One person that can teach us about having God as the first priority of our life is Francis of Asisi. He was born in Italy in around 12th century. He was the son of a rich merchant who owned farmland around the city of Asisi in Italy where his family lived.
Francis grew up in a privileged environment. He was spoilt and often indulged himself in fine food, wine, and wild celebration. But by the age of 14, he left school. He became a rebellious teenager who liked to drink, party, and break the city’s curfew.
But everything changed after he enlisted in the army and went to a battle. He was captured and made a prisoner of war. His life was spared because his captors were hoping that they would get a decent ransom from his wealthy father. He was thrown into a dungeon prison for nearly a year before his father finally paid his ransom.
Story has it that one day, as he was riding his horse after he was released, he saw a leper on the road. Usually, he would avoid such person. But this time, Francis got off the horse, approached the leper, embraced and kissed him. He said later that he felt a sense of indescribable freedom after embracing and kissing the leper.
Francis’ life had indeed been transformed. He spent more time praying and helping the poor people. This was the time when he heard God’s voice to rebuild the church and live a life of extreme poverty.
He obeyed the call. He refused inheriting his father’s wealth and swapped his clothes with a simple rough tunic. He served the lepers and other vulnerable people and identified himself with them.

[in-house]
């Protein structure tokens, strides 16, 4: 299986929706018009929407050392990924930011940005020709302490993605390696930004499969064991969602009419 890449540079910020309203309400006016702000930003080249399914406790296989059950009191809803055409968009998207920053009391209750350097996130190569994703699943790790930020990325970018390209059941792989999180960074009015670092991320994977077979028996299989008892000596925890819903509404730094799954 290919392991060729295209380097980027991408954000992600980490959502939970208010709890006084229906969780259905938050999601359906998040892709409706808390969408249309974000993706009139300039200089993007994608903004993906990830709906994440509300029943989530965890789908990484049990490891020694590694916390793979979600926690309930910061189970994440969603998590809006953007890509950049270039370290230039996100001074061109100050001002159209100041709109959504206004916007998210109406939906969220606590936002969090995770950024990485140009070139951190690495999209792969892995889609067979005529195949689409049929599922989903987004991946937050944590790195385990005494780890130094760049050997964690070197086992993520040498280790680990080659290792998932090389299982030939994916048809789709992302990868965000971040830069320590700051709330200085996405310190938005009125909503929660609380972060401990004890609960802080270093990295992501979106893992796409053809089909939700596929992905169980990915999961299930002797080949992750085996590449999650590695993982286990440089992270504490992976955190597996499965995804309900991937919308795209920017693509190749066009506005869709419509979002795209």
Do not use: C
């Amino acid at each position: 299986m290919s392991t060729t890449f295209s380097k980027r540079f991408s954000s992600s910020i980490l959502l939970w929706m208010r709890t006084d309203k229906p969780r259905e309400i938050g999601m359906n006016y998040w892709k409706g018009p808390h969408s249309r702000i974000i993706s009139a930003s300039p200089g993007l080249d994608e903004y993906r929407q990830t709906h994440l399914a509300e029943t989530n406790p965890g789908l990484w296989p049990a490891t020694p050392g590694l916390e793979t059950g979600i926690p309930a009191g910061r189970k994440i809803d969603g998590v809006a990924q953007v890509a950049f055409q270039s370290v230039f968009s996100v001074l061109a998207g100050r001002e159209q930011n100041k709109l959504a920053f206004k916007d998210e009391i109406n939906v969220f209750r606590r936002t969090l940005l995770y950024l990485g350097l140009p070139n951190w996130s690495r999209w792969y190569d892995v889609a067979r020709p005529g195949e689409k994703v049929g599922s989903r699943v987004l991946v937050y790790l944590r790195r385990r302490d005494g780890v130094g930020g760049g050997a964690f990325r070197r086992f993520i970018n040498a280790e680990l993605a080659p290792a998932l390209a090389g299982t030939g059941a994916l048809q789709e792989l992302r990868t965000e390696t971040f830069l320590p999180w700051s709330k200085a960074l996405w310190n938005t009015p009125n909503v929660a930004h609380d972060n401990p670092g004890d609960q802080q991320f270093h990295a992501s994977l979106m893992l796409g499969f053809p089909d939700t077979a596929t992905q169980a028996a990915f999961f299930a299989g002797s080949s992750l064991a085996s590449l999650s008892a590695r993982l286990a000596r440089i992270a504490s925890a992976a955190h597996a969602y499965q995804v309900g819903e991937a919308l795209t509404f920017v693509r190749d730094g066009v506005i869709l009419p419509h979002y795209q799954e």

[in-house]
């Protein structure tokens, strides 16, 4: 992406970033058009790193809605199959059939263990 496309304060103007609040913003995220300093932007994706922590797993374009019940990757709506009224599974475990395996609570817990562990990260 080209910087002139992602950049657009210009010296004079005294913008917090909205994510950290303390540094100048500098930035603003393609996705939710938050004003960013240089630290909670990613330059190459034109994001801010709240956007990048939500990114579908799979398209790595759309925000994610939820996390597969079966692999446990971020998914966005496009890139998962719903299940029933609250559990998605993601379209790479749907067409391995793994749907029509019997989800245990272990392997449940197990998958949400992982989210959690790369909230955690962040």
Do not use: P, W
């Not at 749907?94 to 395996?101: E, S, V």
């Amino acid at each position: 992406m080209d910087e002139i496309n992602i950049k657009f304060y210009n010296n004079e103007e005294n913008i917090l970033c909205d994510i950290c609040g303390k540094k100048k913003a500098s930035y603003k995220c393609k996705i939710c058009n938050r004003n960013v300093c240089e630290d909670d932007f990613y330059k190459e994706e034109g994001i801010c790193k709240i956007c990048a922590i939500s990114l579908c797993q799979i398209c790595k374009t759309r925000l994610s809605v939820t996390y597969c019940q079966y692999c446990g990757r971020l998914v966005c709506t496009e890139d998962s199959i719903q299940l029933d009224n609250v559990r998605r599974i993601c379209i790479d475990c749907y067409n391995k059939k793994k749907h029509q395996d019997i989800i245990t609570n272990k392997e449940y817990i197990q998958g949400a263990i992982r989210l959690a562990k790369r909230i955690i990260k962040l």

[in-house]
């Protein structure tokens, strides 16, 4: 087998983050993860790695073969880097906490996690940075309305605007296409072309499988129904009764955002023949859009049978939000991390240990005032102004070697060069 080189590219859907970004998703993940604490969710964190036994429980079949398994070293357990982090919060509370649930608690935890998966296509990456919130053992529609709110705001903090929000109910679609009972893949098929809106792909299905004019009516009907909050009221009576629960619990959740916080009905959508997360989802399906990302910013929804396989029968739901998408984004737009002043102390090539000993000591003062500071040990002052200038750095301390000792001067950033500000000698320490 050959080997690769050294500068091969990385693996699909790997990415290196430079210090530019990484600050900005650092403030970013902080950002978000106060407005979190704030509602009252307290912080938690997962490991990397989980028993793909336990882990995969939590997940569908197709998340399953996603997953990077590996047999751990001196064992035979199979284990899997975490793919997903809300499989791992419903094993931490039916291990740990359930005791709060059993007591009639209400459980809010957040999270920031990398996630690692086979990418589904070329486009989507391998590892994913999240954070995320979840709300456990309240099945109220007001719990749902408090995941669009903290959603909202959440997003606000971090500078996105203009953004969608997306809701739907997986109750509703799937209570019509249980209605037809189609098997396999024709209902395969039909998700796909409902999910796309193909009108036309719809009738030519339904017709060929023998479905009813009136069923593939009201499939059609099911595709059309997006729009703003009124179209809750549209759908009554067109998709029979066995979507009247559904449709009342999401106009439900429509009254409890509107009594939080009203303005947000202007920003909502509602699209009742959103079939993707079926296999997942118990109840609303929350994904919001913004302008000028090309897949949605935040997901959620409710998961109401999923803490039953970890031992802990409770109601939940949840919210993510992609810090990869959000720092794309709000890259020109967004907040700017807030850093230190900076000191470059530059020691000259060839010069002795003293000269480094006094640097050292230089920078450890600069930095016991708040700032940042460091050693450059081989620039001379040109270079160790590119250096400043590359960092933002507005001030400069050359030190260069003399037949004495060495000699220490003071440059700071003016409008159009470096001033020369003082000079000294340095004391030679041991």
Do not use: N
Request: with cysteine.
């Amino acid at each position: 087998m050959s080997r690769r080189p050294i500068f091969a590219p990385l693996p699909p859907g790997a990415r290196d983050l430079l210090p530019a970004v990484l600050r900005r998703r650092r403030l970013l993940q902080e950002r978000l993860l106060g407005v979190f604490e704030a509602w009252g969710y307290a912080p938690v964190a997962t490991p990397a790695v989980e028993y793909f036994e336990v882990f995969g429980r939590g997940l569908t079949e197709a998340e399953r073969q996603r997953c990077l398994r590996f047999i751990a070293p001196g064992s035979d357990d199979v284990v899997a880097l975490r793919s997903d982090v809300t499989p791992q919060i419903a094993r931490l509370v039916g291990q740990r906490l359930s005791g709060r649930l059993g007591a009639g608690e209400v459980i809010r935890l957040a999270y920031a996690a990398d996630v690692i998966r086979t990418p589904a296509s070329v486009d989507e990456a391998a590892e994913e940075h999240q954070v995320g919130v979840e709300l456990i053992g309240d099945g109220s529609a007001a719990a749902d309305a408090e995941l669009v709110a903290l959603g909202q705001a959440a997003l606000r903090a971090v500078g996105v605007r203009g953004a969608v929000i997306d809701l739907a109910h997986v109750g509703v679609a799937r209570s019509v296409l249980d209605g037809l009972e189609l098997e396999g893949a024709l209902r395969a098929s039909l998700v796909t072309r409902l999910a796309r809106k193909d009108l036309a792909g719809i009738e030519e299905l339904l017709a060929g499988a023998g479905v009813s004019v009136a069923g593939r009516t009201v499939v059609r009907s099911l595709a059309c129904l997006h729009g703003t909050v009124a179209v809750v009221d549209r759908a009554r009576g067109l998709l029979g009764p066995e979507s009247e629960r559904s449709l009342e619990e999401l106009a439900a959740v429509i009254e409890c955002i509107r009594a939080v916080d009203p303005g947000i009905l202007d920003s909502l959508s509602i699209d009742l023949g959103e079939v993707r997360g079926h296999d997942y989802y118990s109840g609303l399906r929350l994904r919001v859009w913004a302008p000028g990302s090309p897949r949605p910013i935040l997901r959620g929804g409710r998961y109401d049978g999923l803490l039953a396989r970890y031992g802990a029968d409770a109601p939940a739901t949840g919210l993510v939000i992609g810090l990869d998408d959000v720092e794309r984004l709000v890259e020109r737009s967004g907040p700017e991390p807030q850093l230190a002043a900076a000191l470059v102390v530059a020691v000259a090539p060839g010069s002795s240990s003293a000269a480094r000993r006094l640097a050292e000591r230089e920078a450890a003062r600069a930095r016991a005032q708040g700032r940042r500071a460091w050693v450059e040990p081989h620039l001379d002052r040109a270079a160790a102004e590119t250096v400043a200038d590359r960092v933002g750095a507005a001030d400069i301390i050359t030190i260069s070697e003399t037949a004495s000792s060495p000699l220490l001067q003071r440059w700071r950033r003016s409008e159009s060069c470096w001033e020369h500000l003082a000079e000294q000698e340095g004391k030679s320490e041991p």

At the time, his lifestyle was quite radical and stood in contrast with the lifestyle of the leaders of the church. In Francis’ time, the church and its leaders were tremendously rich. This concerned people like Francis much. He felt that the long-held apostolic ideal of the church had been lost. He believed that it was his mission to restore Jesus’ teachings and values and vision for the church.
Francis’ teaching and lifestyle and charisma drew thousands of people who became his followers. These people would later be known as the Franciscan friars.
He died at the age 44. Two years later, he was canonised as a Saint of the Church. The current Pope took the name Francis to honour him. Like Francis of Asisi, Pope Francis wants the Church to be the church of the poor and for the poor.
Friends, we don’t have to live like Francis of Asisi or to join his Franciscan Order to be true followers of Christ. But we can learn from him. Unlike the rich man in Mark’s Gospel who rejected Jesus’ call, Francis accepted the call enthusiastically.
So, friends, what is it that God is calling you to do? Who are the people that God calls you to serve? Where are the places that God calls you to go?
God’s word is not always easy and comforting. It exposes our excuses, prejudices, hypocrisies, and greediness. It challenges those things that stop us from doing what God wants us to do.
“The word of God ‘is alive and active, sharper than any double-edged sword’”, say the letter to the Hebrews. God’s word can confront us, just like it confronted the rich man in Mark’s Gospel and Francis of Asisi. They both were challenged to make a decision: one made the wrong decision, the other did not. We too are challenged every day to make a decision: to go the other way or to follow Jesus on his way.
 10 Refreshing Stories of Rich People Who Gave Their Fortunes Away by Marc V. on Listverse.com website (December 24, 2013)
 Mark 10:17 – GNT
 Mark 1:2-3 – GNT
 Acts 9:2 – GNT
 Commentary on Mark 10:17-31 by Mark G. Vitalis Hoffman on Workingpreacher.org website (October 11, 2015)
 Mark 10: 21
 Exodus 20:12-17
 Mark 10:24
 St. Francis of Assisi Biography on the Biography.com website (Original Published Date: April 2, 2014)
 Hebrew 4:12 – GNT